Autism linked to diabetes in new study

New research has found mothers with diabetes - of any type - are more likely to have kids with autism.

Researchers at California healthcare company Kaiser Permanente looked at health data from 400,000 children born between 1995 and 2012, and found a much stronger link than previously known.

"The risk of autism spectrum disorder was increased in children of mothers with the three main types of diabetes that complicate pregnancy, findings that add new information on type 1 diabetes and extend what is already known about type 2 and gestational diabetes," the authors said in a statement.

Women who develop gestational diabetes before their third trimester are most at risk.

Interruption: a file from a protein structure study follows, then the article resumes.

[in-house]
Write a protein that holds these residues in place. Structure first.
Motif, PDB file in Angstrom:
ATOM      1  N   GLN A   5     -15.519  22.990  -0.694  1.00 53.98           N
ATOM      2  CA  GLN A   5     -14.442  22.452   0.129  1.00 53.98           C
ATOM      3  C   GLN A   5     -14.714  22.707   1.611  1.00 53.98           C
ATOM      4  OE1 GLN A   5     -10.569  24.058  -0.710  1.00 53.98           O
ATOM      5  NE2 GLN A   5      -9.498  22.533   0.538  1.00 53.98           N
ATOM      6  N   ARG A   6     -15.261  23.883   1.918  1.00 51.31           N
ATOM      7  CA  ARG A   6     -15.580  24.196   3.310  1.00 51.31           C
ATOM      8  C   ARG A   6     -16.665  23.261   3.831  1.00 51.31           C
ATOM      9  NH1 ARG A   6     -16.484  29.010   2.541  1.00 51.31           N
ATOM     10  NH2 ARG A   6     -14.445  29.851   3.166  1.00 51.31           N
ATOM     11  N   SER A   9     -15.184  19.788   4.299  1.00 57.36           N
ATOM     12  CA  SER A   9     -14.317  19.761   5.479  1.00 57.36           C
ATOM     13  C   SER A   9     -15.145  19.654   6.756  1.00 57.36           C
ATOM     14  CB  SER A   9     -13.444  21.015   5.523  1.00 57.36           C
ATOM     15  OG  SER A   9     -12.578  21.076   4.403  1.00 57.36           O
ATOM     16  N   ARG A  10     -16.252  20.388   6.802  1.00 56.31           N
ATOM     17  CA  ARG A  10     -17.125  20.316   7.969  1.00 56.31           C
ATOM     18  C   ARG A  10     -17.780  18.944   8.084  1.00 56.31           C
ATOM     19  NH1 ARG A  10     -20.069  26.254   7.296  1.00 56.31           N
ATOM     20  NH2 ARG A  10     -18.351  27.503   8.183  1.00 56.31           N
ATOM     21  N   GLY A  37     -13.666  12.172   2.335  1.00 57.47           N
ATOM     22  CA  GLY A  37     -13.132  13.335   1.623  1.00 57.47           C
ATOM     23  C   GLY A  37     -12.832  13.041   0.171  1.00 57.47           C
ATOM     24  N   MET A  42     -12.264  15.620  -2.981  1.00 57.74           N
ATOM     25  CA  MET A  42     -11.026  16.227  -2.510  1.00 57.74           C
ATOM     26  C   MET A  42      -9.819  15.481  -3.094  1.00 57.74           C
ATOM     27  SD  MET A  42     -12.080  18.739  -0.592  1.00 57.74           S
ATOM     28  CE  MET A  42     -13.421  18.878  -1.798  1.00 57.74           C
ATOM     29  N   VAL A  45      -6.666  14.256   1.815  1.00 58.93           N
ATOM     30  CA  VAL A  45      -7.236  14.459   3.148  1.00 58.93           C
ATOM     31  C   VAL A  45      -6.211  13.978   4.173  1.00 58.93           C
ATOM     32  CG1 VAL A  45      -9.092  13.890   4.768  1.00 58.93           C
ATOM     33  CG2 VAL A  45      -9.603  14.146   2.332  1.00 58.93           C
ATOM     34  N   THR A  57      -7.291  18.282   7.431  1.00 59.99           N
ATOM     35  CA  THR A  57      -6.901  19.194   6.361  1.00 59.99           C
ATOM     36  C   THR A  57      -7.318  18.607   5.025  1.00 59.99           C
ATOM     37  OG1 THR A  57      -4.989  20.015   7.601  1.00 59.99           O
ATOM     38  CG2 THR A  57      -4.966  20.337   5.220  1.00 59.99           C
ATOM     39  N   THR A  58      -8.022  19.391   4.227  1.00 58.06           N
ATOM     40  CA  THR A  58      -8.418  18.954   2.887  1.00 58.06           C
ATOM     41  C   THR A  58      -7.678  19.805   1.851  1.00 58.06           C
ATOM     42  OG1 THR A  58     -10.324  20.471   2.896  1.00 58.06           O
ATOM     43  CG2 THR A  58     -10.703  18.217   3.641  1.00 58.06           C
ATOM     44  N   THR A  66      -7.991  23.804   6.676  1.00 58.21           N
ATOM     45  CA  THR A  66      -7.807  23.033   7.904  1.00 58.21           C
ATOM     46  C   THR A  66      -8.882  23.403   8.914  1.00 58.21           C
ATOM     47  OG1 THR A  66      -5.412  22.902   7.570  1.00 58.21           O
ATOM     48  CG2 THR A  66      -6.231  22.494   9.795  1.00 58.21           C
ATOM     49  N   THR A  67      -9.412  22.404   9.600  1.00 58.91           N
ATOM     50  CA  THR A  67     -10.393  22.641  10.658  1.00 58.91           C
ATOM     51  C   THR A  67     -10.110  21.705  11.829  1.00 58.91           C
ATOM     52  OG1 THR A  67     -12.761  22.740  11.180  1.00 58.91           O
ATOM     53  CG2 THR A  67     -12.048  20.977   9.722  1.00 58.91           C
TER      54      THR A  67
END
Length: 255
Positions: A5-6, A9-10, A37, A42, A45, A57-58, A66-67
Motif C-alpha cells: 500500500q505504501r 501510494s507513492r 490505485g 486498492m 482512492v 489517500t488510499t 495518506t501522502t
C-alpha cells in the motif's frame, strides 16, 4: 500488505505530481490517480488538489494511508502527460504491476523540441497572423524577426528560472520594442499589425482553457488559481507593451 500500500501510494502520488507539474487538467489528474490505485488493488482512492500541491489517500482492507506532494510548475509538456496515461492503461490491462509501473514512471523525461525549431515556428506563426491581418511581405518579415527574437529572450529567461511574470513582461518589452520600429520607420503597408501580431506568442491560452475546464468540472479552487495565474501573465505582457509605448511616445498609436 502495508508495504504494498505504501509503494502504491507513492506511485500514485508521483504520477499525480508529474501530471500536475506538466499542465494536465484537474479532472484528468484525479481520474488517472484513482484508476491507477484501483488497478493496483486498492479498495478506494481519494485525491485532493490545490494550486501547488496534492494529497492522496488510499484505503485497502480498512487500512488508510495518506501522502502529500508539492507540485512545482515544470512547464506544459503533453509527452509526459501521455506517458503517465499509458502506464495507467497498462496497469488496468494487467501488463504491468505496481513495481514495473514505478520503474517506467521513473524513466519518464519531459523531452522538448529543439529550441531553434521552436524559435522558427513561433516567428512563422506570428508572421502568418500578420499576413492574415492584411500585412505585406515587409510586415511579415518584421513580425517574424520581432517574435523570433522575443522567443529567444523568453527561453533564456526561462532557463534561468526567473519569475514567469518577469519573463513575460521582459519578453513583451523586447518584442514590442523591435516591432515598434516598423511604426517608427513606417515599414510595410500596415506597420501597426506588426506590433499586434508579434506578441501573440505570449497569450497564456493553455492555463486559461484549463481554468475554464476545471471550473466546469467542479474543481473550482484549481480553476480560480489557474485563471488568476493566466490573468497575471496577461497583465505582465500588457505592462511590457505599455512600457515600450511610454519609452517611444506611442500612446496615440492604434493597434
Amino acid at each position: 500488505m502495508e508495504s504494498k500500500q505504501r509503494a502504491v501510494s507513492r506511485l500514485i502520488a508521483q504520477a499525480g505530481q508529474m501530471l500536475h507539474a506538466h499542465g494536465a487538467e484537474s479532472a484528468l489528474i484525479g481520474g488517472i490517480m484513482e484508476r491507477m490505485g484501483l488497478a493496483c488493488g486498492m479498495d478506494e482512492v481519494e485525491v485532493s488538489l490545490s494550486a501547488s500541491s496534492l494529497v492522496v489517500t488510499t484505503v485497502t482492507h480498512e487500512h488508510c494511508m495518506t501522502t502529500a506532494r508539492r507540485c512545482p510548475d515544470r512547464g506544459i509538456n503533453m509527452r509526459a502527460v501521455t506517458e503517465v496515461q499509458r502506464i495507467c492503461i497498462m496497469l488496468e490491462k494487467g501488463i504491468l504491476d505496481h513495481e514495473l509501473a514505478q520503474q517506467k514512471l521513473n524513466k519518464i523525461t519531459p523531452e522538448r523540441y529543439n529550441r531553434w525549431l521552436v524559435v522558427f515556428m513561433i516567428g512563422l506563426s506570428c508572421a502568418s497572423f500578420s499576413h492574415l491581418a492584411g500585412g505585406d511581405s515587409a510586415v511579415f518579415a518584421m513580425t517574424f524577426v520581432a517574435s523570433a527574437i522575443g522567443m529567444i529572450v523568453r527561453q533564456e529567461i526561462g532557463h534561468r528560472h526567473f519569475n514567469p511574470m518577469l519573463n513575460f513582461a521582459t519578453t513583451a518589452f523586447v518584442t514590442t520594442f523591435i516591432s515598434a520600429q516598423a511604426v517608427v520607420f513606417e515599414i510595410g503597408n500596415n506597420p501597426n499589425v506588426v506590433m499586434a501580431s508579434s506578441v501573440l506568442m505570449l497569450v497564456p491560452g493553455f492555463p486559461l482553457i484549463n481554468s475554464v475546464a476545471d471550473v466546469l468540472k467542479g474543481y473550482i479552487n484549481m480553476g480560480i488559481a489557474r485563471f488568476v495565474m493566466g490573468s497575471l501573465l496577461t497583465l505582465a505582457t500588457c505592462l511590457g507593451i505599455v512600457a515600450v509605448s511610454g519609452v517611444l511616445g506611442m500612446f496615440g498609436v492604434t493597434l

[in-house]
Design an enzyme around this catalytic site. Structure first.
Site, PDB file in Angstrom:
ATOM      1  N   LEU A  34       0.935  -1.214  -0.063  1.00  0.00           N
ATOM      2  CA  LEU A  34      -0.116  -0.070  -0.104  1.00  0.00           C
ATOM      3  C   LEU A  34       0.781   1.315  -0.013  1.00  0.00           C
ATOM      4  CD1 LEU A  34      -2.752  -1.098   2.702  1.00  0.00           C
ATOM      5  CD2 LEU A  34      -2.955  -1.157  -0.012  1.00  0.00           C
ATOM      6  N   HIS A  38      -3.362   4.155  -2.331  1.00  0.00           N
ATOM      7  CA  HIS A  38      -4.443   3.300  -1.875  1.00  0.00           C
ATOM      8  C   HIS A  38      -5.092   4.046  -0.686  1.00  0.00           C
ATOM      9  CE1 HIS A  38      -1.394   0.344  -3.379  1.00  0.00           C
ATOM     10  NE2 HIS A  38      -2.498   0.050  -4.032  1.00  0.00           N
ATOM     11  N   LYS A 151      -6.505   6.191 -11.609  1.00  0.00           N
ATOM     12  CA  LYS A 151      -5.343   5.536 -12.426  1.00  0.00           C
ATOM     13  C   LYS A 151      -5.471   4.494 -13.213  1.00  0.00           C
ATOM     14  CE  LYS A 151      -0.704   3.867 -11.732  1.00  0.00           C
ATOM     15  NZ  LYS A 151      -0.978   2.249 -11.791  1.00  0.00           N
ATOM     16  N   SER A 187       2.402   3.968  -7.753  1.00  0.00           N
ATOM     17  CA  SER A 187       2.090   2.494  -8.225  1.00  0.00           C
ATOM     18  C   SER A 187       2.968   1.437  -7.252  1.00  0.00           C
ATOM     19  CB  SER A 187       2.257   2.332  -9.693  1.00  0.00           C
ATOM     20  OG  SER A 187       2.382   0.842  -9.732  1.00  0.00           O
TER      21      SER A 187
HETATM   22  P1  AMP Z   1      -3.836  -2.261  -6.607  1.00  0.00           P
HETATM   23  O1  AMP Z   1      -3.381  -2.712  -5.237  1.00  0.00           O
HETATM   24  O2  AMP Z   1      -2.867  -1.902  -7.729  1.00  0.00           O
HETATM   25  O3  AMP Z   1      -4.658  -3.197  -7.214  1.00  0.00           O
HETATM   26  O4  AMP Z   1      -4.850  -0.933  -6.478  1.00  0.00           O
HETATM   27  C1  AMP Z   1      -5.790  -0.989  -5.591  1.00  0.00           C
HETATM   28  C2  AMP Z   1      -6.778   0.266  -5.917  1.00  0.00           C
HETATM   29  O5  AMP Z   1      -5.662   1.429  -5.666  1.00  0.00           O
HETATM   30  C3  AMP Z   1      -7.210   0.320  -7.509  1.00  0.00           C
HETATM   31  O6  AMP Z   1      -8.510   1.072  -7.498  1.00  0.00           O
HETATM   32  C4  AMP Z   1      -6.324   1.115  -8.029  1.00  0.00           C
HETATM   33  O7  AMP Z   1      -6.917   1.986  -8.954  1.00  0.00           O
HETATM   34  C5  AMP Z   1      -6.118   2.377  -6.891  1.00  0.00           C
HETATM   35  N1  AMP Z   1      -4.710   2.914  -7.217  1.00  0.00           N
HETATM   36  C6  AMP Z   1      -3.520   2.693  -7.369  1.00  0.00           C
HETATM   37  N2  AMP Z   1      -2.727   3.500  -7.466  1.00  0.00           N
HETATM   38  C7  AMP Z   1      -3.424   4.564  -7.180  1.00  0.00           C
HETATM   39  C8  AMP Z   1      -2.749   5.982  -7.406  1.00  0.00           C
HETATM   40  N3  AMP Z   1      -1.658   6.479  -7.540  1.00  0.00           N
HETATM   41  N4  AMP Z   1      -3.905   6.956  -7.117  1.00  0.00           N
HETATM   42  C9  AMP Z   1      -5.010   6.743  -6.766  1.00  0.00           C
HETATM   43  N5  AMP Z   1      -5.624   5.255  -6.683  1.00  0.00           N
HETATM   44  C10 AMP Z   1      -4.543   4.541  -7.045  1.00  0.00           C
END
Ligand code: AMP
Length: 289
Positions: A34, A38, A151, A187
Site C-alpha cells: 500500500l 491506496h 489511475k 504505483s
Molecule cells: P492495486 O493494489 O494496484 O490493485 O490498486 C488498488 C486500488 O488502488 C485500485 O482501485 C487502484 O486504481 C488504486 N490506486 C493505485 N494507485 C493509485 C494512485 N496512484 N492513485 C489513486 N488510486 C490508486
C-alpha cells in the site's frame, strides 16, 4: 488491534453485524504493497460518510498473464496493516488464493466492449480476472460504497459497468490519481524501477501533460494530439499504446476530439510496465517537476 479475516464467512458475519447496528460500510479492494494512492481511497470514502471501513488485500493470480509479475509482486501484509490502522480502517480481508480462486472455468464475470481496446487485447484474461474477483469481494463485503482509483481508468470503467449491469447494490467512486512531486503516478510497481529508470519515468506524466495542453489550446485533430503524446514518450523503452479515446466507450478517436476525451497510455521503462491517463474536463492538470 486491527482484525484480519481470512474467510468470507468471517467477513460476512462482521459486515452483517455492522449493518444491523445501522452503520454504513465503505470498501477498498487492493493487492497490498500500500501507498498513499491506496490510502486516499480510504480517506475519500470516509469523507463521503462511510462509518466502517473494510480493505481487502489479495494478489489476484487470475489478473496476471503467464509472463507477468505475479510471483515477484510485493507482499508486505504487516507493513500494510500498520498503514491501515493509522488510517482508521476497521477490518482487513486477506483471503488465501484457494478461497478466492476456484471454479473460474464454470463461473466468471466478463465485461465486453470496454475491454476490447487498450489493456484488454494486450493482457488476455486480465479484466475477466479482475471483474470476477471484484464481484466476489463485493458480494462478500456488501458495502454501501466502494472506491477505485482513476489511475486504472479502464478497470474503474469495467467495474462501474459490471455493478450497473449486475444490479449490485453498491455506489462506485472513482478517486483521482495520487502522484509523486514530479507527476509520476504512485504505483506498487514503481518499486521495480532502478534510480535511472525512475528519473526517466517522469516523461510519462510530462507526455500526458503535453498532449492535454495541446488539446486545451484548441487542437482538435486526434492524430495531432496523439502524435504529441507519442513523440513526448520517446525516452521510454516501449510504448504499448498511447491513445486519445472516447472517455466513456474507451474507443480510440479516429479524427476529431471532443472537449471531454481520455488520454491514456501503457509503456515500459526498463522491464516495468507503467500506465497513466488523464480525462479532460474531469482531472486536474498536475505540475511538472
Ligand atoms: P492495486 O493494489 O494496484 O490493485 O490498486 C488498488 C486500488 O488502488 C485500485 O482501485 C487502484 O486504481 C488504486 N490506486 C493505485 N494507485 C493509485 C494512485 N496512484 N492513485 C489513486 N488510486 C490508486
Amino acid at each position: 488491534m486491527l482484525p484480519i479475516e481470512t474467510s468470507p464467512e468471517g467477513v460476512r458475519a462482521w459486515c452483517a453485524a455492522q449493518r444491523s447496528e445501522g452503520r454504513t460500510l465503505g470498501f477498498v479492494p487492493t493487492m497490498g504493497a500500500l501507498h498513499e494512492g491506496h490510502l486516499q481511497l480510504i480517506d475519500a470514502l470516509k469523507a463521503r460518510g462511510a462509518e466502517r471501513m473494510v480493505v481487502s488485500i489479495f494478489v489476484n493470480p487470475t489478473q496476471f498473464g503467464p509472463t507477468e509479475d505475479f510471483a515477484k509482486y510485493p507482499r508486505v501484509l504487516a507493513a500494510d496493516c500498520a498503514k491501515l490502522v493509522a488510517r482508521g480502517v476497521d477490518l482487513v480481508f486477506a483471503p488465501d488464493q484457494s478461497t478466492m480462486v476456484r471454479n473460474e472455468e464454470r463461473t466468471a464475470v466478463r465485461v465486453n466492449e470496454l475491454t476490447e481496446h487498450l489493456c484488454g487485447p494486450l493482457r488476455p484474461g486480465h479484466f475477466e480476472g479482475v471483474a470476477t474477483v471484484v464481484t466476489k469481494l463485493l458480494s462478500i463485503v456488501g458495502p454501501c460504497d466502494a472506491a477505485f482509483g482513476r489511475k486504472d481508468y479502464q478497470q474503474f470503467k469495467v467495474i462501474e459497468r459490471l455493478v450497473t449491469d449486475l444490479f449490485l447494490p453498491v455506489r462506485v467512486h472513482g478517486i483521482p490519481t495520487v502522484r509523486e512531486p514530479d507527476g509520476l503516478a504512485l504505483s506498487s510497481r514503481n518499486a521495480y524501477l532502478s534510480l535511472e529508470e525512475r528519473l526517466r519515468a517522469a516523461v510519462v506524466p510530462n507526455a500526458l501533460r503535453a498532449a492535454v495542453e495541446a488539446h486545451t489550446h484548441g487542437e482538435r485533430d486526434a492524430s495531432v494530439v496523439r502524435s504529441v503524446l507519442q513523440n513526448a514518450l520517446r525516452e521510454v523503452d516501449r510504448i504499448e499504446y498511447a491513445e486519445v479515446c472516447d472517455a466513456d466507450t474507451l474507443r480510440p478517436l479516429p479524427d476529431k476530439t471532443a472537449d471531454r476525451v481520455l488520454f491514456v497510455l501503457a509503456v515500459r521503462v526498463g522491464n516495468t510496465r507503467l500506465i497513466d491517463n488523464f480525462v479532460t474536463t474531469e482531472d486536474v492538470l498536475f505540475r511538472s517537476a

It doesn't conclusively prove diabetes causes autism however. The origins of the condition, more common in boys than girls, remain murky.

But diabetes expert Jim Mann of the University of Otago says the suspicion diabetes could play a role has been floating for 20 years or so now.

"The difference between this study and the previous study is the previous studies have suggested a link between autism and type 2 diabetes, and this study suggests a link between autism and type 1 diabetes," he told Newshub.

Women who develop gestational diabetes before their third trimester are most at risk.

Prof Mann says diabetes has many more health effects than people realise.

"Diabetes now is one of the major causes of heart disease and all other diseases - like strokes, some cancers, blindness, kidney failure. It's just a litany of bad news stories with diabetes."

While study sheds new light on autism's causes, it doesn't point to a cure or treatment.

"The frustrating thing I guess that we don't really know what we can do about it," said Prof Mann.

The research was published in the Journal of the American Medical Association.

There is no truth to a long-running hoax that vaccines cause autism.

Newshub.